Kaitou Tenshi Twin Angel is a parody that makes fun of other magical girl series. Unfortunately I won't forgive them for making fun of something I love. Magical Girls are serious business. Nanoha, Pretty Cure, Sailor Moon, Card Captor Sakura, and the feelings of the characters in those series shouldn't be mocked. They are sacred feelings that drive any normal person to tears, they're so heartfelt and earnest. The heroism of magical girls, the sacrifice, the friendship, the determination and their clear view of right from wrong, shouldn't be mocked or parodied by anyone. It's like mocking Jesus. Some things are just sacred. Having fun with some elements of Magical Girls, like Momo did from Xenosaga (also a deadly serious girl who was a true hero), or Magical Girl Kyoko from To Love Ru, is fine. But seriously making fun of magical girls AS SUCH is inexcusable. It's like mocking vestal virgins as such. Magical Girls, after all, are the most ideal girls we can possibly imagine. That's their role. That's why we watch them. They're our closest concept of perfection.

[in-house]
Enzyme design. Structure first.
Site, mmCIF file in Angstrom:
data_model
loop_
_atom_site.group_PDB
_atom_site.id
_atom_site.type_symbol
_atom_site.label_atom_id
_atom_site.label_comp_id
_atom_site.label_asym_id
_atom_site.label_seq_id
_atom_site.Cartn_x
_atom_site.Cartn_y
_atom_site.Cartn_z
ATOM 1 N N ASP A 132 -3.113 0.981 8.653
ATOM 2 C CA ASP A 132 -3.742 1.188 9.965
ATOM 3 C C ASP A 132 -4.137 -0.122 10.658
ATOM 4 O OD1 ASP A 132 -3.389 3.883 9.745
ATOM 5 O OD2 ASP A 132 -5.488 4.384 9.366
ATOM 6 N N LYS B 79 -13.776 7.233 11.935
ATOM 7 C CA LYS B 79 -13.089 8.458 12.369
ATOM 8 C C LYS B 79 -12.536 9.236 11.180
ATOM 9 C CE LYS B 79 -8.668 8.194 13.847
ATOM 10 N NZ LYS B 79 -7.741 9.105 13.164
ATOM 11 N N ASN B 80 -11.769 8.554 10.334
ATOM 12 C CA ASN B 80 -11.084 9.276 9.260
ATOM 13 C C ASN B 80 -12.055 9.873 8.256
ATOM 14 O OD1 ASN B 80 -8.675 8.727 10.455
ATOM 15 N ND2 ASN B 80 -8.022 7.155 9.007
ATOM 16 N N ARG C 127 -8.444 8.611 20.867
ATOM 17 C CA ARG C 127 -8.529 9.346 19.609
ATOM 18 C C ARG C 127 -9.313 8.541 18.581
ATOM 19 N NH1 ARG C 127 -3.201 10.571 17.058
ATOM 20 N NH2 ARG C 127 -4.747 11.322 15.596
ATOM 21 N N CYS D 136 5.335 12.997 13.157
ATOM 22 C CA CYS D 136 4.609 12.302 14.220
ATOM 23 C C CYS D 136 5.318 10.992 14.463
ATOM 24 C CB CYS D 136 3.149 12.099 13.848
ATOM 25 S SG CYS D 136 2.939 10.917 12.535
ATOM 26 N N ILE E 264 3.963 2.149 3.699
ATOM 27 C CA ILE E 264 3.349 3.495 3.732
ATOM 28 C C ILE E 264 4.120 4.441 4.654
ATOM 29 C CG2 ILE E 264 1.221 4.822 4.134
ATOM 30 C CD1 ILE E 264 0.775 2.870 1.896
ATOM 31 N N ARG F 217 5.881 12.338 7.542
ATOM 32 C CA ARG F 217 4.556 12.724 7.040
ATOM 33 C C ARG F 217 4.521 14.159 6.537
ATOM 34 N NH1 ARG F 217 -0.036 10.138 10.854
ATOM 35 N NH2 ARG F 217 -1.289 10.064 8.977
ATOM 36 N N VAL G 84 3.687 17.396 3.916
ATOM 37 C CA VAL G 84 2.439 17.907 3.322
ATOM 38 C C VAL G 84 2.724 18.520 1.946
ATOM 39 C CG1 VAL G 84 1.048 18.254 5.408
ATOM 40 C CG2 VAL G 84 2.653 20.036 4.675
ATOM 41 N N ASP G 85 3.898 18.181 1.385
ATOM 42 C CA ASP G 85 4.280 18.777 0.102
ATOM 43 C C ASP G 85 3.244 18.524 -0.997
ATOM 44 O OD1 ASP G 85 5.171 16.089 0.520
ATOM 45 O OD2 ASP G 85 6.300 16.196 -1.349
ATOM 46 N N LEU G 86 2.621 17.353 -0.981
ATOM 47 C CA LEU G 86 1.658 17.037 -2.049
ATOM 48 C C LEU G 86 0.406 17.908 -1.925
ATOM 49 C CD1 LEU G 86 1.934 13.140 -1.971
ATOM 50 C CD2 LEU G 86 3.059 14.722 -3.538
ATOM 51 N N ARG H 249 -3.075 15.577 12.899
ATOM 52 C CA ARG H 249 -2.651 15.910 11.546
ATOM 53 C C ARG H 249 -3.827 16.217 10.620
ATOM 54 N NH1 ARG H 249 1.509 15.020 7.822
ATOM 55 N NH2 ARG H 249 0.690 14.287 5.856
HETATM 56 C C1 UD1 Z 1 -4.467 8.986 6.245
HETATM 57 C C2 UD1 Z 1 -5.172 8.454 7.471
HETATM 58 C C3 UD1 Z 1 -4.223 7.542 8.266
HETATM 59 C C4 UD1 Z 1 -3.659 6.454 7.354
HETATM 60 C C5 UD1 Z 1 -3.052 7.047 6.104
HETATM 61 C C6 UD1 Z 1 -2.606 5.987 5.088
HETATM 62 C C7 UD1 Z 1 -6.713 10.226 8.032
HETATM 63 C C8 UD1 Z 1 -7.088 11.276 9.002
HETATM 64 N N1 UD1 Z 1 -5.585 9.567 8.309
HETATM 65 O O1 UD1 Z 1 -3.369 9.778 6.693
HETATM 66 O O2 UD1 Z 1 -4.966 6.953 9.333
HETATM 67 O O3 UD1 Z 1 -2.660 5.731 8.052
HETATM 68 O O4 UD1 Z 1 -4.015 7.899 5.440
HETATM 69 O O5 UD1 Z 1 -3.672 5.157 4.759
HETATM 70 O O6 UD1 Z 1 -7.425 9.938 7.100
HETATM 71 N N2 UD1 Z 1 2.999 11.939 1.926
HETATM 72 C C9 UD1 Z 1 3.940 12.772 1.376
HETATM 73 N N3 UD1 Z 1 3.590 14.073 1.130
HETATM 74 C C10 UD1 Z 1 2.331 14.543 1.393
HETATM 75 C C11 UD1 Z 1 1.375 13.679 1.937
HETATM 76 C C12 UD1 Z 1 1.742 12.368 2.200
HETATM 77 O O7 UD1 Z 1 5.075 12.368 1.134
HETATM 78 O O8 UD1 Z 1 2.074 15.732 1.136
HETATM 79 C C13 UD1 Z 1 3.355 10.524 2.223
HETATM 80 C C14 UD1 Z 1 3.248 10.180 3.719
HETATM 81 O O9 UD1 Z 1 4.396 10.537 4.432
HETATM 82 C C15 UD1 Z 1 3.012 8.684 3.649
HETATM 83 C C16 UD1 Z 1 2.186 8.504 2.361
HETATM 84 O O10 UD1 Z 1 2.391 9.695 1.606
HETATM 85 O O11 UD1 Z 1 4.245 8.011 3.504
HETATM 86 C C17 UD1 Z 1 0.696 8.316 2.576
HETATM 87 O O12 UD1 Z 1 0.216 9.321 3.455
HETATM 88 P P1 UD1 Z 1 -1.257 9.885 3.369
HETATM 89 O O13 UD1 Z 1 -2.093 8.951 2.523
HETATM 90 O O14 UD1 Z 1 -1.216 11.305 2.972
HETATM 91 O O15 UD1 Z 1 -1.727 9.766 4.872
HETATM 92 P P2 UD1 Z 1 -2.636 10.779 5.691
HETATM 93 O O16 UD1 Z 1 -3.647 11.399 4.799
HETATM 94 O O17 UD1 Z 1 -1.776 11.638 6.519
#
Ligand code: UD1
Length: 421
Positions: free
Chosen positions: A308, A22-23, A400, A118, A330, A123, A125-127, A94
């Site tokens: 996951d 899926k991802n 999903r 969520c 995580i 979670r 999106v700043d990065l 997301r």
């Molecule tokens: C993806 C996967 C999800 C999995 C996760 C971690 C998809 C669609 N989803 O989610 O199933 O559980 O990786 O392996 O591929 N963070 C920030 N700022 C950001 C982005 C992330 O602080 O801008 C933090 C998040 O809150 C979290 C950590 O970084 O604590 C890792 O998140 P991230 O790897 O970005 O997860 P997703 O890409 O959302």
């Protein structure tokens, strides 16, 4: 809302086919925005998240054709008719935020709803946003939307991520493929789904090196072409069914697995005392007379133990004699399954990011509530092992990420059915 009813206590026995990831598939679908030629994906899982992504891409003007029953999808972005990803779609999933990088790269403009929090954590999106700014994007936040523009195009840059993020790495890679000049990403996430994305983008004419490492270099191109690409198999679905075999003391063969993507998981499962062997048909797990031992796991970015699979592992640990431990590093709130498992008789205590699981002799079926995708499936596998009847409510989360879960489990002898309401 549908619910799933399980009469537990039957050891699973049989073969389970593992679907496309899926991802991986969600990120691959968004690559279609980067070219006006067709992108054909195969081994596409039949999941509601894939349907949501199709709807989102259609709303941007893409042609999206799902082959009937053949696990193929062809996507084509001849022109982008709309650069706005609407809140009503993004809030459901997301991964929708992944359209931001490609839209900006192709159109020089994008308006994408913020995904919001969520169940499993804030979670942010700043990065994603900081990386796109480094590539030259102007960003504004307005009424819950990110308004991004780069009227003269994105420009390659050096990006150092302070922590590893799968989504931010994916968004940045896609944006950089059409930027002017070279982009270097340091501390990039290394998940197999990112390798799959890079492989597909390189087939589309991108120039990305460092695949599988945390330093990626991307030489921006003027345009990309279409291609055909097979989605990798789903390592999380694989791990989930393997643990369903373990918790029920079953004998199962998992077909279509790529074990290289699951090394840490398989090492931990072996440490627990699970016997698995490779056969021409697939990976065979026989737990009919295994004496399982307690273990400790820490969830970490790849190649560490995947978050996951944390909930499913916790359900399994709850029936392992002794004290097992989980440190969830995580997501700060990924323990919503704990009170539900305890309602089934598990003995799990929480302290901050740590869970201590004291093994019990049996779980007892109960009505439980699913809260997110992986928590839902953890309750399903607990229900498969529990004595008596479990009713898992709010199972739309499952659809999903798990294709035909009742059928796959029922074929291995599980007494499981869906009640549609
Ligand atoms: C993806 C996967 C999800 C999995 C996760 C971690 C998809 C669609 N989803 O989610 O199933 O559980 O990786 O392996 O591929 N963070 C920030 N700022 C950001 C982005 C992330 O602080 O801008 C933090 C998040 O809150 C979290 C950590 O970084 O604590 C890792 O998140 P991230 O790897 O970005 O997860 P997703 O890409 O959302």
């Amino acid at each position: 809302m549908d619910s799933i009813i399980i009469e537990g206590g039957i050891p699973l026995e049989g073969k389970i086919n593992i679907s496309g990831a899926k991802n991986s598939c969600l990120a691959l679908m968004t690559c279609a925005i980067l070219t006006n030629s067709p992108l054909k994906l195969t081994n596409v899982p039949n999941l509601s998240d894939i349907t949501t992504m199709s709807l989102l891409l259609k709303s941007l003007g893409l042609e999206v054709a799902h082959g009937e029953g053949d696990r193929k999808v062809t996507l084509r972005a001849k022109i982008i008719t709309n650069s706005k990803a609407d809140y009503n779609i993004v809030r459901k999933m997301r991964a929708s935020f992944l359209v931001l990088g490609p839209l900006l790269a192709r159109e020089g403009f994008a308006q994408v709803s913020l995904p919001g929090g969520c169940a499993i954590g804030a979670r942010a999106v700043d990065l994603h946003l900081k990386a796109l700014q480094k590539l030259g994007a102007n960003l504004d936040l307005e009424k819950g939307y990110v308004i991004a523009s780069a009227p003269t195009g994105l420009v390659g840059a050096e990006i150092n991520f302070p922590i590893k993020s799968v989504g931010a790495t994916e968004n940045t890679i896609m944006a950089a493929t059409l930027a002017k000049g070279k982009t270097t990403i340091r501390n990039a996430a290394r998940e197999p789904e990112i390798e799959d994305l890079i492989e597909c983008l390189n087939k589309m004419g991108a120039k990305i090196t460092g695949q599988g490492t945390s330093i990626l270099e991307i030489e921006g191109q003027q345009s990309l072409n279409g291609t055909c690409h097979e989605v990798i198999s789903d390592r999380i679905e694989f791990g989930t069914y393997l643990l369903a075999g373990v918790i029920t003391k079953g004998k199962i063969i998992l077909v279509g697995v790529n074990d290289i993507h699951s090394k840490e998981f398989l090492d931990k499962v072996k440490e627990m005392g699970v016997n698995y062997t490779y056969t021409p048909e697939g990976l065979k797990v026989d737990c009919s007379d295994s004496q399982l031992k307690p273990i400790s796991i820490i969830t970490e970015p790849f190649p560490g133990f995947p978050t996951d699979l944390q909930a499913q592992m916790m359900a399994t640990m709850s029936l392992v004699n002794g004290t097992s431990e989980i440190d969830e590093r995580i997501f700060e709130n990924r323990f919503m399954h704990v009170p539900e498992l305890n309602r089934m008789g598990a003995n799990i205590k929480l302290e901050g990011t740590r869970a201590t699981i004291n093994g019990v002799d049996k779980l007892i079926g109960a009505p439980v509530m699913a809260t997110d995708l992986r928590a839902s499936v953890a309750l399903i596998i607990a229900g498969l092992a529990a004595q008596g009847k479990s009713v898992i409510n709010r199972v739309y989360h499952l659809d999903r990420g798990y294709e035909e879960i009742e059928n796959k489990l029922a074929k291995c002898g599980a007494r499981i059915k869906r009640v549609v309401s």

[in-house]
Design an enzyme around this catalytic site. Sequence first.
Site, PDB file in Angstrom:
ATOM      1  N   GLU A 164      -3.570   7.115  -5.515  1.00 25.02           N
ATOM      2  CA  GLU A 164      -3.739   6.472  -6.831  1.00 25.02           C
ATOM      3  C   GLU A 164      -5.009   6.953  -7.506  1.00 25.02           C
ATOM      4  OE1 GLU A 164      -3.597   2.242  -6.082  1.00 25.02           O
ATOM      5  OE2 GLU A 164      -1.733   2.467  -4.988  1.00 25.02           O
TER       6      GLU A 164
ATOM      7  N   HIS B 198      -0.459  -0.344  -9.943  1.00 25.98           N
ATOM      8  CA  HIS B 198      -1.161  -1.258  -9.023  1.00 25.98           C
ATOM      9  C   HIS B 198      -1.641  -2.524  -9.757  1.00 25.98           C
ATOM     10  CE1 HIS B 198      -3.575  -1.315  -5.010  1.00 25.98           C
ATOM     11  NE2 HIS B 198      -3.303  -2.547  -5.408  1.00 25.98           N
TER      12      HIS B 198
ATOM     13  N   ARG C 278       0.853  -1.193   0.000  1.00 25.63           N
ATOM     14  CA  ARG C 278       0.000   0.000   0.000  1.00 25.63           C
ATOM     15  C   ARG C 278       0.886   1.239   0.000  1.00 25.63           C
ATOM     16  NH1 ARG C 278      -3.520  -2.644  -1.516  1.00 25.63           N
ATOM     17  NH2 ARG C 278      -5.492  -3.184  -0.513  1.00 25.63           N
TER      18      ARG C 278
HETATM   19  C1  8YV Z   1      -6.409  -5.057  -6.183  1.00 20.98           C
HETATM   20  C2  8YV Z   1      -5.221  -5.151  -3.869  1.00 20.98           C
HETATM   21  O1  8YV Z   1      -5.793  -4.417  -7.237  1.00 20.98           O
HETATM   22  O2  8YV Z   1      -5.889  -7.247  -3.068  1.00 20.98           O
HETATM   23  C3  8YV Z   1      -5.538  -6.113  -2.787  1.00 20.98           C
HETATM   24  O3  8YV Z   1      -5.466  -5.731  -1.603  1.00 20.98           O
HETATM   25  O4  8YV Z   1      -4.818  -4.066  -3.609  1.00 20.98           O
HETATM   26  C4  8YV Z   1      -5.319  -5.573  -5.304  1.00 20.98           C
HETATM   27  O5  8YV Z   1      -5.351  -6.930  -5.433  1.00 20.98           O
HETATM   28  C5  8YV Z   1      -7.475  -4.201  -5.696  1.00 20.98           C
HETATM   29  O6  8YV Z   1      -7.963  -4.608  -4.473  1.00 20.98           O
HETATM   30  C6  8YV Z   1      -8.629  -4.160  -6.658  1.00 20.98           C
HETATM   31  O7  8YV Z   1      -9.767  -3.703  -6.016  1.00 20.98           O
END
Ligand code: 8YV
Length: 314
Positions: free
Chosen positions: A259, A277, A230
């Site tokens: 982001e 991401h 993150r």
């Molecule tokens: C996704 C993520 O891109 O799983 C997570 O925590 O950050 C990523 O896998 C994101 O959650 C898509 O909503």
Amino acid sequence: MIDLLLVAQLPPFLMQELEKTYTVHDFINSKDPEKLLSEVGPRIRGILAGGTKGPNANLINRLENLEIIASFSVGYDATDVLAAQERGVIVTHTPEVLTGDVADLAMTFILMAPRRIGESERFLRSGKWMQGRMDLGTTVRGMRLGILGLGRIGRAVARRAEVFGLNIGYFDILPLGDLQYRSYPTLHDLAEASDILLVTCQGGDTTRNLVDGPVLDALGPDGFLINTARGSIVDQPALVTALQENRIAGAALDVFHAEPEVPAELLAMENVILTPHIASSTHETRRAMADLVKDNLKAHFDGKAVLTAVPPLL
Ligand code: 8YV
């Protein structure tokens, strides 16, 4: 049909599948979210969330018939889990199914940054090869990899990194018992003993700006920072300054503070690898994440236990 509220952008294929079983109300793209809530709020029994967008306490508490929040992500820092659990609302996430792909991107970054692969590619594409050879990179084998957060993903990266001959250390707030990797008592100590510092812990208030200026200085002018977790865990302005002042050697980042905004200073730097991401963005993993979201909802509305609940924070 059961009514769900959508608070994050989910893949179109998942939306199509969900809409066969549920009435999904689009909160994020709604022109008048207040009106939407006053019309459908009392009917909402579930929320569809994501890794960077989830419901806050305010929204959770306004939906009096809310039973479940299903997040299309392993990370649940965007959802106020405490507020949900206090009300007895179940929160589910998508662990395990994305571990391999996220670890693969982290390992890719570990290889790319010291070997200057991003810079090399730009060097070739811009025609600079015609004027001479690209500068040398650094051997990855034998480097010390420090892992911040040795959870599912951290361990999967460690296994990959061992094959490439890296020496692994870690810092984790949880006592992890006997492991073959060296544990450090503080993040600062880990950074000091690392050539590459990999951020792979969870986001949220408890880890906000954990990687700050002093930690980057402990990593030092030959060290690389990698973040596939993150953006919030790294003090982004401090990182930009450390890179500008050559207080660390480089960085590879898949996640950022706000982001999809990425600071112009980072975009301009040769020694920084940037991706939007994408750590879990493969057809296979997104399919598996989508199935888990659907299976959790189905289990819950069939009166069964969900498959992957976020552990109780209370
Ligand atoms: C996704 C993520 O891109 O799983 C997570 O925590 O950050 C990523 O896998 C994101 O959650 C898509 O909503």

No. 6 is another disappointment. The series has one of the most ridiculous, overdone plots ever -- 'Soylent Green is people!' Supposedly, an ideal society, a technotopia full of high IQ elites and clean streets with nice computers and homes, requires the oppression and slaughter of non-elites in order to function. No, I'm sorry. This is bullshit. All elites have ever wanted is to be left alone. They can create a happy society on their own. They don't need anyone else. We don't need your labor, your body parts, your brains, or anything else. The point is that non-elites are worthless to elites and all we ever want to do is get away from them and never see them again. Until story tellers are willing to tell the un-PC truth that is written in Atlas Shrugged, that elites create everything in this world, that non-elites are just parasites who feed off of them, and that the best thing that could ever happen to elites is if they simply got away from non-elites, to some secret place where they were left alone and could live exclusively with each other, like in Atlas Shrugged, they will never make a worthwhile sci fi.